Threadbare touring ‘Midsummer’ cleverly put together for teens

The Utah Shakespeare Festival Educational Tour is offering an 80-minute, teen-oriented version of “A Midsummer Night’s Dream,” and it succeeds, I think, for a simple reason: Director Melinda Pfundstein has made the text the star.

It’s not that she hasn’t added plenty of physical comedy. Visual gags abound, but they all feel born of the story.

“Midsummer” is an easy script for teenagers to understand. Lovers escape the confines of court (home) so that they can have some freedom in the woods (the outside world). They meet up with fairies, supernatural potions, overeager suitors, and, finally, their true loves.

Pfundstein creates a romantic atmosphere, but what’s surprising is how sensual this world is. Some of the characters can’t seem to keep their hands off each other. Yet the passions, while obvious, are not explicit. Parents are not likely to object if they’re at least willing to recognize that boys are sometimes attracted to girls.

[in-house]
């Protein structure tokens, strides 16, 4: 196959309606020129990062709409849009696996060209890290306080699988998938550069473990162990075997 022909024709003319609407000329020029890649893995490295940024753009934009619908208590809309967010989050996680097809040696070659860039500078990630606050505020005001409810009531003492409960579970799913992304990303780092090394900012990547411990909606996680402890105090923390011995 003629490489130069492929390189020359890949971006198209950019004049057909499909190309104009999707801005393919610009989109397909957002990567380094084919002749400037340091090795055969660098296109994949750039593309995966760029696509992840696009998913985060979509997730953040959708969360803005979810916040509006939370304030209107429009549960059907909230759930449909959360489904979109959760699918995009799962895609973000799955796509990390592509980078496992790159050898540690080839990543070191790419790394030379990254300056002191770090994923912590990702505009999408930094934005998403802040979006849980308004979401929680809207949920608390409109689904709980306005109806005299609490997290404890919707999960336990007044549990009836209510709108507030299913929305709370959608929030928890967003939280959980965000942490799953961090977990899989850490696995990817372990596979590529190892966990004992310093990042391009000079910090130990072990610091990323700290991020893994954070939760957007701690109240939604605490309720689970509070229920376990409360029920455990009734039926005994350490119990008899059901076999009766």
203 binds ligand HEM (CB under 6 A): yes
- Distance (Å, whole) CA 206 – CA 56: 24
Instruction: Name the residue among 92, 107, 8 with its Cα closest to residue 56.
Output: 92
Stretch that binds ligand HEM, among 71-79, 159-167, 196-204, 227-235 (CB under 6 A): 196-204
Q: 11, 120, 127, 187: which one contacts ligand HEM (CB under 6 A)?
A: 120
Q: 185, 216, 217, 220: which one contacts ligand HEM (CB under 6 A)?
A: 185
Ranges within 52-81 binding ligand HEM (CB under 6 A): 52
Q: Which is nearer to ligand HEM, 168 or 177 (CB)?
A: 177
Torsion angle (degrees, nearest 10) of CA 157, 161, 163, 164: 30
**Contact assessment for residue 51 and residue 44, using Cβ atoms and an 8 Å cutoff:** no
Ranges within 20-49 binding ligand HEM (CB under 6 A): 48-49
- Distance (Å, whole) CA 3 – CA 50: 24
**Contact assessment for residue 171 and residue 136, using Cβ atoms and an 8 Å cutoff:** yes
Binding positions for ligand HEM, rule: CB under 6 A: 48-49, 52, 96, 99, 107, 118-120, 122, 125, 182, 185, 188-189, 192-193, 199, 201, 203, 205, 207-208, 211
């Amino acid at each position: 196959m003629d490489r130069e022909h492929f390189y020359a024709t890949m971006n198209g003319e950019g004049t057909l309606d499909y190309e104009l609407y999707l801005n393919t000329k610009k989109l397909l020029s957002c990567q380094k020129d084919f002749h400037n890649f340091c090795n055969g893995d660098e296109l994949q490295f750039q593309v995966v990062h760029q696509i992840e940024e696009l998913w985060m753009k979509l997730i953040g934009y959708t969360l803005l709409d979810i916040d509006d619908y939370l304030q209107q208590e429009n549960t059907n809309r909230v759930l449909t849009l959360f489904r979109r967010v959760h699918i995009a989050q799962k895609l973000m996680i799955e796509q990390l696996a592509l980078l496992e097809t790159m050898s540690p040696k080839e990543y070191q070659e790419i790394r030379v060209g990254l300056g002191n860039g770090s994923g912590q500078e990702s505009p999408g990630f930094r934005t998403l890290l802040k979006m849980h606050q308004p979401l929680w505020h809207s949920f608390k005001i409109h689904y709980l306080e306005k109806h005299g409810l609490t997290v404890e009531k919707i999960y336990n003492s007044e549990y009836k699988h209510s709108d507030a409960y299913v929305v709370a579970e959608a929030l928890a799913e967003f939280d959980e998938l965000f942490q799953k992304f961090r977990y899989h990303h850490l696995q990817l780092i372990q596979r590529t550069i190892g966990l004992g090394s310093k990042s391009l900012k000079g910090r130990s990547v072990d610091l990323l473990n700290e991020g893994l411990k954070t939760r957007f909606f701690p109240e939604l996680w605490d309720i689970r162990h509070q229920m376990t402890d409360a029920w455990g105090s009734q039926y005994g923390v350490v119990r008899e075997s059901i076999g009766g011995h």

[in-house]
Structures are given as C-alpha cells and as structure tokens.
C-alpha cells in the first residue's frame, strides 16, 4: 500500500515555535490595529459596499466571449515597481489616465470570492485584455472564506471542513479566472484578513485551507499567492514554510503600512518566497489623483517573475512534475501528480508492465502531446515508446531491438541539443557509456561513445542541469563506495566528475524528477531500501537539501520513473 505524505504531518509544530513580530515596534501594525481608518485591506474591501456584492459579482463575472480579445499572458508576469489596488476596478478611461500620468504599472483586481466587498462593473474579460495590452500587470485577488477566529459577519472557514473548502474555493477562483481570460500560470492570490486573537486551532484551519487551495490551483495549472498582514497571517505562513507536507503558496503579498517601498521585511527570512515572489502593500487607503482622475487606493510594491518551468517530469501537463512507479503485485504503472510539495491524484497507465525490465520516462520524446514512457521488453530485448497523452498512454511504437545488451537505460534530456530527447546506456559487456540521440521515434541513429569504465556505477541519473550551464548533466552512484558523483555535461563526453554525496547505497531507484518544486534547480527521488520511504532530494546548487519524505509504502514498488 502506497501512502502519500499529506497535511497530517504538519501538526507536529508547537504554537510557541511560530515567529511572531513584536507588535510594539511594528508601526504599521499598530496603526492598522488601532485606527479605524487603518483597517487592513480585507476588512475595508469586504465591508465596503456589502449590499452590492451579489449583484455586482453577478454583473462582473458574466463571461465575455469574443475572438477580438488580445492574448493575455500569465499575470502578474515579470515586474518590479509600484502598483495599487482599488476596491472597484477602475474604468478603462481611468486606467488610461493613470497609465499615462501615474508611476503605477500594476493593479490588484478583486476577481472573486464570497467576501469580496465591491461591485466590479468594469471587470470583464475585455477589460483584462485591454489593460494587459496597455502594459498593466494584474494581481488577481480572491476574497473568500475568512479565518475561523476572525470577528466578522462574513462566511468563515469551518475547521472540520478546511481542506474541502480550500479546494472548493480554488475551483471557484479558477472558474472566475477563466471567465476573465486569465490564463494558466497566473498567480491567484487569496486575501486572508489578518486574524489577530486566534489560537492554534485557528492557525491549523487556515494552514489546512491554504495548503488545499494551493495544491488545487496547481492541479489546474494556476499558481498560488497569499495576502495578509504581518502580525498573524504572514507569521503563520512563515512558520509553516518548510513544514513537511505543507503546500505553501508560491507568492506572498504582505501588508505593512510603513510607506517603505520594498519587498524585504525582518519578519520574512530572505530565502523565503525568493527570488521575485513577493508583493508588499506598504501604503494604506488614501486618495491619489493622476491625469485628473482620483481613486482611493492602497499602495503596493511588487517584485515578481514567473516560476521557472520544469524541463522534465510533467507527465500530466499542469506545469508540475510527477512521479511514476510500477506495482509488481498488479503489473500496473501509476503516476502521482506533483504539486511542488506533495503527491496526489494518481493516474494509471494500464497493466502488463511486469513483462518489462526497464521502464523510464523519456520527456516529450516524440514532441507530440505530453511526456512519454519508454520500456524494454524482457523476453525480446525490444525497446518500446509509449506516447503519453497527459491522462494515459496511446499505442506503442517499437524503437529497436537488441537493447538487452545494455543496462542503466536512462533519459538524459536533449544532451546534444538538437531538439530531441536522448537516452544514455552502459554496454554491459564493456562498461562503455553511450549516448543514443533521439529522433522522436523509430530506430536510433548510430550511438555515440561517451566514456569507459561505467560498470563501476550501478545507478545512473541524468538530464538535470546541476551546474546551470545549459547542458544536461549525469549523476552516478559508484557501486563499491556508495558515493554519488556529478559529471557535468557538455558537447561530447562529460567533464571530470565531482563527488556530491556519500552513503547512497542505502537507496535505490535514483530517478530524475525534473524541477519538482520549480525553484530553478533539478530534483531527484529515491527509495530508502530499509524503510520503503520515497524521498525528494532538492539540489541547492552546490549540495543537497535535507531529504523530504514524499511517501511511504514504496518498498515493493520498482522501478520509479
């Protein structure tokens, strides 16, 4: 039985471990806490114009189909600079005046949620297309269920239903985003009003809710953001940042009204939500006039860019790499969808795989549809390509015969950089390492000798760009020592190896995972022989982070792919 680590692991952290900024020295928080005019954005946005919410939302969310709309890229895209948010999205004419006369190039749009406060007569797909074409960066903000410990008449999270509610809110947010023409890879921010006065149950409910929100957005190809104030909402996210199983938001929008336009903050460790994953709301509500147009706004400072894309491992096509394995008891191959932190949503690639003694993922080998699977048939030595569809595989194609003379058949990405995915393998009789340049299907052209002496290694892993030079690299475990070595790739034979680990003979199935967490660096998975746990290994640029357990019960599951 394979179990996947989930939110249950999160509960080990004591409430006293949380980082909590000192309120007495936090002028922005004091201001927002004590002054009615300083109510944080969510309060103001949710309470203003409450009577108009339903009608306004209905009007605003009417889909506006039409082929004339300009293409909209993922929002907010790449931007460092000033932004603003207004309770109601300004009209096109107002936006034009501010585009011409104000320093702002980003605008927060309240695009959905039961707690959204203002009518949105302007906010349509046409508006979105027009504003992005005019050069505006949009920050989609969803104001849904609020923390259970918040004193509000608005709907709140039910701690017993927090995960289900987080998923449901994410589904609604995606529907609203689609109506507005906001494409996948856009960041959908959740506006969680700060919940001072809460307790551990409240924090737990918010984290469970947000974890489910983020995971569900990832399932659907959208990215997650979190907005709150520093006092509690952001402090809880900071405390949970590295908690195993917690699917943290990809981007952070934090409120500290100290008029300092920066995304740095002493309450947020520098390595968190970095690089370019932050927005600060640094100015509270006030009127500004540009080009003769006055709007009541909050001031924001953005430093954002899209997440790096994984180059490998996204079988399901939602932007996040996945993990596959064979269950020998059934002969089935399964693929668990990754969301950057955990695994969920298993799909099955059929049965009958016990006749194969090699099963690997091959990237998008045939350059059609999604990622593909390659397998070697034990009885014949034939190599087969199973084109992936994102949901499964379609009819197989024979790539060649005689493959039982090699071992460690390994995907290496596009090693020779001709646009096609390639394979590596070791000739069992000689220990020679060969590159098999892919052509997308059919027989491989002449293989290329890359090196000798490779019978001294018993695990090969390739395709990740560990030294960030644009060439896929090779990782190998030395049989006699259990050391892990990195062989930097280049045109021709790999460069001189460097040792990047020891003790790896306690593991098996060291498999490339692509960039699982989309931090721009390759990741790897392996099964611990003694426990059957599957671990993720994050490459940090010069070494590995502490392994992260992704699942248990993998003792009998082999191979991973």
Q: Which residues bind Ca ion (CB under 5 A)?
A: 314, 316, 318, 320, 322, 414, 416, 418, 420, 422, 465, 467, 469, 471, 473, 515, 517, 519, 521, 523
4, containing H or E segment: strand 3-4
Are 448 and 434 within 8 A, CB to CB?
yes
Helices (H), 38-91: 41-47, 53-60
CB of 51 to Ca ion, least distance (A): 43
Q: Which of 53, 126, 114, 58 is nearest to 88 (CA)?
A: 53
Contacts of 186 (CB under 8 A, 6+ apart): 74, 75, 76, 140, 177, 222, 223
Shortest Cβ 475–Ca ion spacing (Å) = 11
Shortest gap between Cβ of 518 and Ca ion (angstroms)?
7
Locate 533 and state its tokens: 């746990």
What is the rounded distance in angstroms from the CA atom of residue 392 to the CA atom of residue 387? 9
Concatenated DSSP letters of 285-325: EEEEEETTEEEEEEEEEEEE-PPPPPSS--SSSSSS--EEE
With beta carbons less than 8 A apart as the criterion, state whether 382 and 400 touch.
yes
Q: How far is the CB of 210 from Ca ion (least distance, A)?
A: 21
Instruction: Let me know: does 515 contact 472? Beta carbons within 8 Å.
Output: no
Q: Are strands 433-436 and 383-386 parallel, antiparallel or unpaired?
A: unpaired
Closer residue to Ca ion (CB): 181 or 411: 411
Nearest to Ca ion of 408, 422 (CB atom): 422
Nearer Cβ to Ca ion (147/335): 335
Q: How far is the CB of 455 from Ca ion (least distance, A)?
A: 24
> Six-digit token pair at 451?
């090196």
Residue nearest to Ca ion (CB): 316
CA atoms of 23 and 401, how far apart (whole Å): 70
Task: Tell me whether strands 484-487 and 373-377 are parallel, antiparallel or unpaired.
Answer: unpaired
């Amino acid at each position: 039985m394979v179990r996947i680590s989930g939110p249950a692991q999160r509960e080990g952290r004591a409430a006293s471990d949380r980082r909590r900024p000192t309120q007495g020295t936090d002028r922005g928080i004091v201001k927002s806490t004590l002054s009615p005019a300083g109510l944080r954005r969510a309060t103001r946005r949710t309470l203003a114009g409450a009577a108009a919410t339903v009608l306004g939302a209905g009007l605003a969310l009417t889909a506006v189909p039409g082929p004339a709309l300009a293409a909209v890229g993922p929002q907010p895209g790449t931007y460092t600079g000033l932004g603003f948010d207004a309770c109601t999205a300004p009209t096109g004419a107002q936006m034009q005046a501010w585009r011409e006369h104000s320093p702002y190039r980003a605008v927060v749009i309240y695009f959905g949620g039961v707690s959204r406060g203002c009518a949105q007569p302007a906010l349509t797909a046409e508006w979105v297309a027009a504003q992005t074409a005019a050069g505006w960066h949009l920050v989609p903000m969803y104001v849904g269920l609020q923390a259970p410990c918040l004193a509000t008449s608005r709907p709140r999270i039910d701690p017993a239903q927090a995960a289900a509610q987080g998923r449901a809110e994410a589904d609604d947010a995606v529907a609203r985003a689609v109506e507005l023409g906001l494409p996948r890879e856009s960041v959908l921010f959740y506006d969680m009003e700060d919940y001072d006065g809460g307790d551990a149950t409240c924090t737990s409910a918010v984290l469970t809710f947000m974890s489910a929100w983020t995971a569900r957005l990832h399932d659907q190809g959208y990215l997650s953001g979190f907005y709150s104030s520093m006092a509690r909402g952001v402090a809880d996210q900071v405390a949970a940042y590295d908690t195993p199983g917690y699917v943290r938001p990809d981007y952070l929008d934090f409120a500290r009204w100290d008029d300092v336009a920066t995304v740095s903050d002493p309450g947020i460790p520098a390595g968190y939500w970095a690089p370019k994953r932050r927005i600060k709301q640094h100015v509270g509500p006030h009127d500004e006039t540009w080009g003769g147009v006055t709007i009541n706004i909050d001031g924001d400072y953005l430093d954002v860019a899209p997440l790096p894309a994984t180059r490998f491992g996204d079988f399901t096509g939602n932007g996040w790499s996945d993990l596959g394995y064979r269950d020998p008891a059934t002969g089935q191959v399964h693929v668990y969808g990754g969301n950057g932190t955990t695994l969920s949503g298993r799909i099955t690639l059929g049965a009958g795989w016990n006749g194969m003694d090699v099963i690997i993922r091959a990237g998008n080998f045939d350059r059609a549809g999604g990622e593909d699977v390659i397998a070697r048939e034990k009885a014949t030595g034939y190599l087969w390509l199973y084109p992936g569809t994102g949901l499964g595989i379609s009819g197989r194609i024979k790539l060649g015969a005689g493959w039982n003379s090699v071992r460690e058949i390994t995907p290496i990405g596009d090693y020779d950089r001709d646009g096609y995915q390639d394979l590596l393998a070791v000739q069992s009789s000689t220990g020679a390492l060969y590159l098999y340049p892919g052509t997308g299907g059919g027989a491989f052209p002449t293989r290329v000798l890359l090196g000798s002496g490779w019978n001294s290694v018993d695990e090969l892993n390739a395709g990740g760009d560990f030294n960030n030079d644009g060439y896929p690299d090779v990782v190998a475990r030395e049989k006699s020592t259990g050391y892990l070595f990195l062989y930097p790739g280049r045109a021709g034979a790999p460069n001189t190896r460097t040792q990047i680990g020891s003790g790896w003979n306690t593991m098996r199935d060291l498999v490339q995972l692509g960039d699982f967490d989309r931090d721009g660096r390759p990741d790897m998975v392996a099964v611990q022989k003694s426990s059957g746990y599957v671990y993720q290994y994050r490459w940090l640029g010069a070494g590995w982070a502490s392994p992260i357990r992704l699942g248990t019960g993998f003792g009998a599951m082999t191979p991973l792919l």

It’s a threadbare production, but cleverly put together. Seven actors portray all the roles, backed by a series of loudly colored, mobile flats that often suggest the magic of the surroundings. The performances are on a higher level than we’ve grown to expect from USF tours.

Kristen Henley is an intriguing Puck: Her ever-twitching body and overly eager eyes convince us she’s a likable fairy enjoying some naughty mischief.

Jennifer Whipple is an elegant Hermia, whose pain at being separated from her lover feels genuine.

Will Mobley is a humorously boyish Lysander, who demonstrates ability with both the comedic and dramatic aspects of his leading-man character.

And as the hysterically egotistical Bottom, the working-class guy who gets turned into an ass, Ron Thomas milks the part for all it’s worth. It’s easy to believe his IQ is not quite up to snuff with the members of the court.

I enjoyed the show as a “preview” of the real thing. Don’t expect depth. But I have little doubt the production will give novice theatergoers a clear glimpse of what Shakespeare is all about.

Anthony Del Valle can be reached at vegastheaterchat You can write him c/o Las Vegas Review-Journal, P.O. Box 70, Las Vegas, NV 89125.

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